This article is from Golf Range News in 2003.

 

Comment from Epic Golf Ireland Ltd:

*Since it was written Seoul Nassau (now Sharpe’s Leisure) bought the rights to “Easytee” and it is marketed in Europe and the US as “Pareto Autotee”.

They invested a further £200K plus in developing and improving the system.

Its cost savings and reliability over Powertee now make it an even more appealing proposition to range owners and customers alike.

 

January 2003
Automated Teeing
A subject that can no longer be ignored.

All around the country, range owners are considering installing automated teeing systems.

There are many reasons to invest in automatic tees, but the best reason by far is that they increase your profits. Golfers across the ages love them. They encourage more visits, new customers, and more balls hit by everyone. In some cases, ranges are showing increases of over 50%. Some range owners are often confident enough to increase the price of balls as well. There are currently two companies supplying the UK market: Power Tee and EasyTee*. Both tee the range ball in a fully automatic manner, but in completely different ways. Martin Wyeth, founder and managing director of Golf Tech Ltd, has been developing Power Tee for the last seven years.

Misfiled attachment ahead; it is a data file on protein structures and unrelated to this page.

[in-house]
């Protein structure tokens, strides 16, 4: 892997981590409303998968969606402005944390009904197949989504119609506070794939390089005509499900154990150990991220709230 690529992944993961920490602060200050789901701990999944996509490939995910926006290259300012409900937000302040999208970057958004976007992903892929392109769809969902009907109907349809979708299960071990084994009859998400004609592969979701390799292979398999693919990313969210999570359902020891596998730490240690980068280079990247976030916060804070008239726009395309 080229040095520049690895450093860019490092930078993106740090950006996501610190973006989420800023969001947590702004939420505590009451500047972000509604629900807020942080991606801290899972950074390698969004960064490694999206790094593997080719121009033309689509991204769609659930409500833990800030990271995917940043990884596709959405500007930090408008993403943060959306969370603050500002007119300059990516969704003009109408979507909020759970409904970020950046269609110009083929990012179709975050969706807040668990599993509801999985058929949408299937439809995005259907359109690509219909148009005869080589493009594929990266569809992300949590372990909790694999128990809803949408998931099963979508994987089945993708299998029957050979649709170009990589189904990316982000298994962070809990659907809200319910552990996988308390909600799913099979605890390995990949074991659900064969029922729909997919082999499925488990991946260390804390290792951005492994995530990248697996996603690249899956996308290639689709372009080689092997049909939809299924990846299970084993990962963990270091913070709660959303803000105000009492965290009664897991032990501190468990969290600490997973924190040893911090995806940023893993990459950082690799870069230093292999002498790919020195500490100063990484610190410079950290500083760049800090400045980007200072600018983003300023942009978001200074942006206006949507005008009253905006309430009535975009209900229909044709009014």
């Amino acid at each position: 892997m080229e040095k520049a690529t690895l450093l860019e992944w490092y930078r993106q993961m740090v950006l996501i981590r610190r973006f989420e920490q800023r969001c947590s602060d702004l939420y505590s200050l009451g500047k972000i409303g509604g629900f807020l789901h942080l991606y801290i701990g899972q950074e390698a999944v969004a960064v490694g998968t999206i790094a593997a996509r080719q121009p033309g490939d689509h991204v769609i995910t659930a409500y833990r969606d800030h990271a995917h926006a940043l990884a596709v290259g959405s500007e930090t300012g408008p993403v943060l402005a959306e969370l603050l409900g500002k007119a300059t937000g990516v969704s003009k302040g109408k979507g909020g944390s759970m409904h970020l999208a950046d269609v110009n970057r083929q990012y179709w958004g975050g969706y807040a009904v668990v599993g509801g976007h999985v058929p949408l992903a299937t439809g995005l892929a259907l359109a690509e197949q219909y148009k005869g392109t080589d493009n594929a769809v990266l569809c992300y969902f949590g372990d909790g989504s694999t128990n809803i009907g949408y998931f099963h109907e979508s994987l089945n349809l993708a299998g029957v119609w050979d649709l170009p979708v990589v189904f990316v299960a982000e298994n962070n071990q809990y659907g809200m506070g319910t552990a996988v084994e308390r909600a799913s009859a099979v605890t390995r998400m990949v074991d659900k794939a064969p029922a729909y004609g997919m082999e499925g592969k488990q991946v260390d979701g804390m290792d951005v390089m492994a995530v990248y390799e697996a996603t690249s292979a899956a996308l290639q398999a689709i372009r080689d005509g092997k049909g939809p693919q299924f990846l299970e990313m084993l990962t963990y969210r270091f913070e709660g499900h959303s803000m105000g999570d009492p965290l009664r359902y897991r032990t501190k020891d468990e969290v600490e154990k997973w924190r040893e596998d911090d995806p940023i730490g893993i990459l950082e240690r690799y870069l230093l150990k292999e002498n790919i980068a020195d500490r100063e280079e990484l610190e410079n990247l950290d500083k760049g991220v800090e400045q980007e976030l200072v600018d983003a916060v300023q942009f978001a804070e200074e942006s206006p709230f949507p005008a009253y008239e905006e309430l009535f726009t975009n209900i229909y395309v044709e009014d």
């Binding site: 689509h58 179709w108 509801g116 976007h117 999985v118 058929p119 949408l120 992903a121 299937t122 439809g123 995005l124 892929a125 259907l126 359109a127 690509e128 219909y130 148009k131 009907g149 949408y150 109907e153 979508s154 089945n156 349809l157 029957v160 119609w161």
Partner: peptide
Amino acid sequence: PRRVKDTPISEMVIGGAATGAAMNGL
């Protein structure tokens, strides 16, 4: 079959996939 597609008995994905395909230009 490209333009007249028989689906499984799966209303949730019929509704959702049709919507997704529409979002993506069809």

“There have been many attempts to make automated teeing work in the UK. As early as the 1960s there were machines designed to automatically put a ball on a tee, and why not - it’s a great idea. When I first thought of automated teeing in 1995, I had already successfully engineered a number of concepts for other companies in the toy, manufacturing, and brewing industries, and was looking for a product to take to market myself.

After discussing the concept of an automatic tee with a number of golfers, I decided the idea was worth pursuing. Having built a number of prototypes in 1995, I set about researching the market from both the golfers’ point of view and the range operators’ in the UK and overseas. Some interesting points came out of the initial research from both the industry side of the coin and the gofer perception. The most interesting point to come from the industry was the level of scepticism around the concept. Over a third of the operators I spoke to remembered one system or another that had been installed and had failed for one reason or another. The key reasons for failure were divided into two camps, one was reliability and the other was golfer reaction.